Emails of top Microsoft executives breached in sophisticated APT attack linked to Russia

Microsoft revealed on Friday that it was the target of a nation-state attack on its corporate systems, which resulted in the theft of emails and attachments from senior executives and other individuals in the company's ....

by Vikash Kumawat
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Microsoft revealed on Friday that it was the target of a nation-state attack on its corporate systems, which resulted in the theft of emails and attachments from senior executives and other individuals in the company’s cybersecurity and legal departments.

The Windows maker attributed the attack to a Russian advanced persistent threat (APT) group it tracks as Midnight Blizzard (formerly Nobelium), which is also known as APT29, BlueBravo, Cloaked Ursa, Cozy Bear, and The Dukes.

It further said that upon discovery on January 12, 2024, it immediately took steps to investigate, disrupt and mitigate the malicious activity. The campaign is estimated to launch in late November 2023.

“The threat actor used a password spray attack to compromise a legacy non-production test tenant account and gain a foothold, and then used the account’s permissions to access a very small percentage of Microsoft corporate email accounts, including members of our senior leadership team and employees in our cybersecurity, legal, and other functions, and exfiltrated some emails and attached documents,” Microsoft said.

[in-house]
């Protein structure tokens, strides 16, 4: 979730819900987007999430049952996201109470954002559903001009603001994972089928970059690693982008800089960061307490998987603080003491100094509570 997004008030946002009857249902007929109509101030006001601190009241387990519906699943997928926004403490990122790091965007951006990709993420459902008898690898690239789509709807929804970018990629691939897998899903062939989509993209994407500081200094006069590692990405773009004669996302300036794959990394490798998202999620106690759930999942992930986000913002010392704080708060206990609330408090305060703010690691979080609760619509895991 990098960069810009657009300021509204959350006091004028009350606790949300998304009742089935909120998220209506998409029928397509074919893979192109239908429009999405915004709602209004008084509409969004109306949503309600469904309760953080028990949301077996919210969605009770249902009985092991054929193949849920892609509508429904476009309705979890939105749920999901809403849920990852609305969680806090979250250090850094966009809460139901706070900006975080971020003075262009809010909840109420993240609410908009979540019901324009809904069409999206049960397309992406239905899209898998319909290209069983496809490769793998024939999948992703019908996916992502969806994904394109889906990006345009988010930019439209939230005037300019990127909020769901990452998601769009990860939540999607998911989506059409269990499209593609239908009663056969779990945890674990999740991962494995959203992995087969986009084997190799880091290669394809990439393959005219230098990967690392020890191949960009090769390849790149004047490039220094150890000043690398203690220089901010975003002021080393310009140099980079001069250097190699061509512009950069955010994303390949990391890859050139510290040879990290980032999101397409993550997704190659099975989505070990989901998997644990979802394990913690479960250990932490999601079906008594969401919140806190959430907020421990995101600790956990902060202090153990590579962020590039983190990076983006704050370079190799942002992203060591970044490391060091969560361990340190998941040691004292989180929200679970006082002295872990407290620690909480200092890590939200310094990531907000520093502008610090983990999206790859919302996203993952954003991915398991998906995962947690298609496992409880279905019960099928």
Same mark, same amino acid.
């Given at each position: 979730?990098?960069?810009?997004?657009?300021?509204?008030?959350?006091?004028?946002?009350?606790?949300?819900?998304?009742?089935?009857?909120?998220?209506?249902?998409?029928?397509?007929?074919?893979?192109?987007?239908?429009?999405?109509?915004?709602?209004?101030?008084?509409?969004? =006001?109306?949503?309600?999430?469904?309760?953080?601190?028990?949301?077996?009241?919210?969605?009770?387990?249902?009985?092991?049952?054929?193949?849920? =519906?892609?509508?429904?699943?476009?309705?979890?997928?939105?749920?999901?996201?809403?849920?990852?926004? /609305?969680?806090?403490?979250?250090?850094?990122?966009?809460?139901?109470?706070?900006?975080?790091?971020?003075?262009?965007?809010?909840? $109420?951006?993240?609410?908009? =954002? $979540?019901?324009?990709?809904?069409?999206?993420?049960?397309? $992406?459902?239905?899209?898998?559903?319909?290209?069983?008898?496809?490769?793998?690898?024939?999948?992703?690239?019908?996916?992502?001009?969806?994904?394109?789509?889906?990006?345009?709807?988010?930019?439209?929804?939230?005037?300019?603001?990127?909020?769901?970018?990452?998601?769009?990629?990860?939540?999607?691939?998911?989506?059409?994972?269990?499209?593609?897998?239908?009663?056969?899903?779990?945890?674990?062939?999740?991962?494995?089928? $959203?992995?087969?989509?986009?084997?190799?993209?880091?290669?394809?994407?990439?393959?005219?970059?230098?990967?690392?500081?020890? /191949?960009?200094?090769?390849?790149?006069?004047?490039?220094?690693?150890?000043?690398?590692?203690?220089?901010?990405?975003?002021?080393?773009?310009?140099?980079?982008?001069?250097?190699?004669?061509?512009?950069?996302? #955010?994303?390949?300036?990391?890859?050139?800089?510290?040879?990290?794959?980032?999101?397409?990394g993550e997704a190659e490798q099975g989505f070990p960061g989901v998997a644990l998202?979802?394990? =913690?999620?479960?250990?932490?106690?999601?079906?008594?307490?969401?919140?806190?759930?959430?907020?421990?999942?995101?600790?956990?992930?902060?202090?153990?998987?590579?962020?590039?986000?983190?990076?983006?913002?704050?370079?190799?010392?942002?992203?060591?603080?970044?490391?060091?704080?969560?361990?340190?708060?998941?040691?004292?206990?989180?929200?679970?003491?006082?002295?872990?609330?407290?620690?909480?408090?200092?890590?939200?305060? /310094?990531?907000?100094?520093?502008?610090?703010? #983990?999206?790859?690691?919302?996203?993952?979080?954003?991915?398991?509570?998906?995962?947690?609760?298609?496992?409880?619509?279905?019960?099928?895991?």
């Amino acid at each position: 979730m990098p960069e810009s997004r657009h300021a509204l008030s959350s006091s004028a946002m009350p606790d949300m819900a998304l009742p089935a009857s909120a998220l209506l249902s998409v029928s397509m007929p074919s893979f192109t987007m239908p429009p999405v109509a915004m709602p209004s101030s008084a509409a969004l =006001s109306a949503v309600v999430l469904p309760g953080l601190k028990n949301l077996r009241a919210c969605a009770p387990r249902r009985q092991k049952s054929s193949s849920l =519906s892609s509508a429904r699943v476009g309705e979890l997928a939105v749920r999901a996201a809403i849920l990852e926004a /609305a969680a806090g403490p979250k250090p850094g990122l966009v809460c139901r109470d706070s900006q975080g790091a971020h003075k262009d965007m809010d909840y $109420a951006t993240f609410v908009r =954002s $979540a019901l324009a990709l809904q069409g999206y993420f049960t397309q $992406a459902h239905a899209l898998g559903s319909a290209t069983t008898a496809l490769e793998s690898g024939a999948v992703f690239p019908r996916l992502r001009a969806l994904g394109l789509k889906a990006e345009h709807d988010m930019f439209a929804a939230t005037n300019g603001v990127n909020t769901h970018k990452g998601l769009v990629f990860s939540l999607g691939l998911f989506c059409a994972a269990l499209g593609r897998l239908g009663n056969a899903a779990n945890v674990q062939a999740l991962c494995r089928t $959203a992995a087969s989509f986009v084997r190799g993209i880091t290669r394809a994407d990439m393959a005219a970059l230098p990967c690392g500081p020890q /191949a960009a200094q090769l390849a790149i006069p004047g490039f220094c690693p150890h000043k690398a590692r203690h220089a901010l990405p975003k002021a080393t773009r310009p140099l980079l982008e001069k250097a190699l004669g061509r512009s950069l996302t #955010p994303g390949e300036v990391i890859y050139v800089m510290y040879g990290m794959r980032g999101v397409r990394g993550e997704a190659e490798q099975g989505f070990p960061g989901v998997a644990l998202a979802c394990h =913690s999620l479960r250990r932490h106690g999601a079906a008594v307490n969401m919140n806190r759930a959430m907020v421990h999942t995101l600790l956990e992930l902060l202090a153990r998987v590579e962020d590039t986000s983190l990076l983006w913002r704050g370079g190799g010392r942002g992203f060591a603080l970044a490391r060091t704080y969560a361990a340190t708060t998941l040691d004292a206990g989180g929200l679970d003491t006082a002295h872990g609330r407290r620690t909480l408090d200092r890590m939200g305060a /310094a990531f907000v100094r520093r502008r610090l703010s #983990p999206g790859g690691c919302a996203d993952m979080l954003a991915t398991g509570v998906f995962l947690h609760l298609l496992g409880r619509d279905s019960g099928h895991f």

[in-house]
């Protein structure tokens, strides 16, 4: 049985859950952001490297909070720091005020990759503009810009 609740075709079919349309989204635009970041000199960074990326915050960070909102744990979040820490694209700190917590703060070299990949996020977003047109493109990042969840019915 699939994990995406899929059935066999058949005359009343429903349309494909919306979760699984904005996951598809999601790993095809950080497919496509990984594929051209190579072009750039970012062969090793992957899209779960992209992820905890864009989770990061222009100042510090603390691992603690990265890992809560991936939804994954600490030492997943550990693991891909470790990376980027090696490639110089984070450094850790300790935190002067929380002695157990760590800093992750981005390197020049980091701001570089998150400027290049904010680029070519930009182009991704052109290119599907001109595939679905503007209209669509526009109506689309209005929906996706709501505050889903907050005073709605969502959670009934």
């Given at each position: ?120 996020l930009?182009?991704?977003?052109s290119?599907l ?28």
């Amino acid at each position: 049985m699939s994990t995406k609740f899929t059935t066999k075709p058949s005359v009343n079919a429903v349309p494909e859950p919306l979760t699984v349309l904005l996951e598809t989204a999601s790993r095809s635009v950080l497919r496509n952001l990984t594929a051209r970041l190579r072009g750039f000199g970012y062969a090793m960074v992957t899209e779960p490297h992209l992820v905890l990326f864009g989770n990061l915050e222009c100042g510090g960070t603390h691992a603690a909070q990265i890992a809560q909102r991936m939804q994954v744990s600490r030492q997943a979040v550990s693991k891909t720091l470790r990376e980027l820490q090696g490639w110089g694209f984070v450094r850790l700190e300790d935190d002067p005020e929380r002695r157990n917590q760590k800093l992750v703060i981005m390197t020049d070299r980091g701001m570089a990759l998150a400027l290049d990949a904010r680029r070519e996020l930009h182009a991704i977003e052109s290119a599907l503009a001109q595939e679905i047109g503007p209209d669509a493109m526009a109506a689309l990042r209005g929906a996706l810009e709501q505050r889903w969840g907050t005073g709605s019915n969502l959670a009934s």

Redmond said the nature of the targeting indicates that the threat actors were looking to access information related to themselves. It also stressed that the attack was not the result of any security vulnerabilities in its products and there is no evidence that the adversary accessed customer environments, production systems, source code or AI systems.

However, the computing giant did not disclose how many email accounts were breached and what information was obtained, but said it was in the process of notifying employees who were affected as a result of the incident.

The hacking outfit, which was previously responsible for the high-profile SolarWinds supply chain compromise, has singled out Microsoft twice, once in December 2020 to siphon source code related to Azure, Intune, and Exchange components, and a second time breaching three of its customers in June 2021 via password spraying and brute-force attacks.

“This attack highlights the continued risk posed to all organizations by affluent nation-state threat actors like Midnight Blizzard,” the Microsoft Security Response Center (MSRC) said.

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